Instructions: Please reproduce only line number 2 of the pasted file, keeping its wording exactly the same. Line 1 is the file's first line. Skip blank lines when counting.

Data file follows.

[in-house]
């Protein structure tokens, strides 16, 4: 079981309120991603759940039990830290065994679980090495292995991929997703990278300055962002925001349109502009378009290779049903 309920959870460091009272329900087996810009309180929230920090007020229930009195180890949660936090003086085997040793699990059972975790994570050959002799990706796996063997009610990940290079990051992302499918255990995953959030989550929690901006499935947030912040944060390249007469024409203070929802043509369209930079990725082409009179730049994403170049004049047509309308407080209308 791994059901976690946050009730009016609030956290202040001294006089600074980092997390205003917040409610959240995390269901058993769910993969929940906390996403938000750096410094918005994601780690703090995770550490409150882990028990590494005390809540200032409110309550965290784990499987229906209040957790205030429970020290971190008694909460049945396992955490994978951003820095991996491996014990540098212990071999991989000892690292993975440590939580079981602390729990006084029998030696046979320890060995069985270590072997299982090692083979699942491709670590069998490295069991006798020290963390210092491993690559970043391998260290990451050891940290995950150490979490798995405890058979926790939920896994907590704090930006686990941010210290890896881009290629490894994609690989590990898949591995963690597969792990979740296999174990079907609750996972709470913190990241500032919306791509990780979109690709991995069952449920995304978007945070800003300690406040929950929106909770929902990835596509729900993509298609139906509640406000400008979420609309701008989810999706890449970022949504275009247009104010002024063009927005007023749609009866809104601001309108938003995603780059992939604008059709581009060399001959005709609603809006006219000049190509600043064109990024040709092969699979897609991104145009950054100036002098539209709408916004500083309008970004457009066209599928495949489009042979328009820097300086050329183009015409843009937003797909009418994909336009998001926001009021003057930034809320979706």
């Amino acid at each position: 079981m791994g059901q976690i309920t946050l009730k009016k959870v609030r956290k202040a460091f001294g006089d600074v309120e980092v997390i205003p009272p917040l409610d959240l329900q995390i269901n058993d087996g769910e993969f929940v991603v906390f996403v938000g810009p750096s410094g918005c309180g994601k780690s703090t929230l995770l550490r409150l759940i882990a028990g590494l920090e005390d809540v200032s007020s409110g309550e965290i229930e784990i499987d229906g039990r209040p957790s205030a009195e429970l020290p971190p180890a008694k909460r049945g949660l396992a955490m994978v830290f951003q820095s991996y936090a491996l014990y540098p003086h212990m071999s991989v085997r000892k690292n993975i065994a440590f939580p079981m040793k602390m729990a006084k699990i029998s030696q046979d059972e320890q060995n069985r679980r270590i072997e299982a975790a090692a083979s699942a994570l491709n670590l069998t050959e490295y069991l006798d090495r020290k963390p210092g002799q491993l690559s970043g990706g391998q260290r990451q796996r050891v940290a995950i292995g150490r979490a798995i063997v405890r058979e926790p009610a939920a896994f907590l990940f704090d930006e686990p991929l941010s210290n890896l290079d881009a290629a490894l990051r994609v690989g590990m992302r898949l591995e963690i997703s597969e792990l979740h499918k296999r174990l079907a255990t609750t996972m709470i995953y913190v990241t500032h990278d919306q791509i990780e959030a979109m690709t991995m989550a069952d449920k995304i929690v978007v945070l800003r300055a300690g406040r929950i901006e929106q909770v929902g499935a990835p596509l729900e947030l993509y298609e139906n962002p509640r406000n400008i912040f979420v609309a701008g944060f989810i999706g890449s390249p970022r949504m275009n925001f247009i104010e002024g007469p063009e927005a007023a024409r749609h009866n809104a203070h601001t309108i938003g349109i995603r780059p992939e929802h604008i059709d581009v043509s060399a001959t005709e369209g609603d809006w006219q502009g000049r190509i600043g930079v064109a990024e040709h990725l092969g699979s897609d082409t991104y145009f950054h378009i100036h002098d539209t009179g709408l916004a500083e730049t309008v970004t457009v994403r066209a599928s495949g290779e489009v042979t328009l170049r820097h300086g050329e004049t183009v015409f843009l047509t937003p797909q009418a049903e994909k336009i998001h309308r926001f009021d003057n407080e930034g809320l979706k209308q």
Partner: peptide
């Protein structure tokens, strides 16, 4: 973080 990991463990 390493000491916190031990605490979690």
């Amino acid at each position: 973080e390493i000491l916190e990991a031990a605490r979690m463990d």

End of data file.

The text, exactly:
């Protein structure tokens, strides 16, 4: 079981309120991603759940039990830290065994679980090495292995991929997703990278300055962002925001349109502009378009290779049903 309920959870460091009272329900087996810009309180929230920090007020229930009195180890949660936090003086085997040793699990059972975790994570050959002799990706796996063997009610990940290079990051992302499918255990995953959030989550929690901006499935947030912040944060390249007469024409203070929802043509369209930079990725082409009179730049994403170049004049047509309308407080209308 791994059901976690946050009730009016609030956290202040001294006089600074980092997390205003917040409610959240995390269901058993769910993969929940906390996403938000750096410094918005994601780690703090995770550490409150882990028990590494005390809540200032409110309550965290784990499987229906209040957790205030429970020290971190008694909460049945396992955490994978951003820095991996491996014990540098212990071999991989000892690292993975440590939580079981602390729990006084029998030696046979320890060995069985270590072997299982090692083979699942491709670590069998490295069991006798020290963390210092491993690559970043391998260290990451050891940290995950150490979490798995405890058979926790939920896994907590704090930006686990941010210290890896881009290629490894994609690989590990898949591995963690597969792990979740296999174990079907609750996972709470913190990241500032919306791509990780979109690709991995069952449920995304978007945070800003300690406040929950929106909770929902990835596509729900993509298609139906509640406000400008979420609309701008989810999706890449970022949504275009247009104010002024063009927005007023749609009866809104601001309108938003995603780059992939604008059709581009060399001959005709609603809006006219000049190509600043064109990024040709092969699979897609991104145009950054100036002098539209709408916004500083309008970004457009066209599928495949489009042979328009820097300086050329183009015409843009937003797909009418994909336009998001926001009021003057930034809320979706």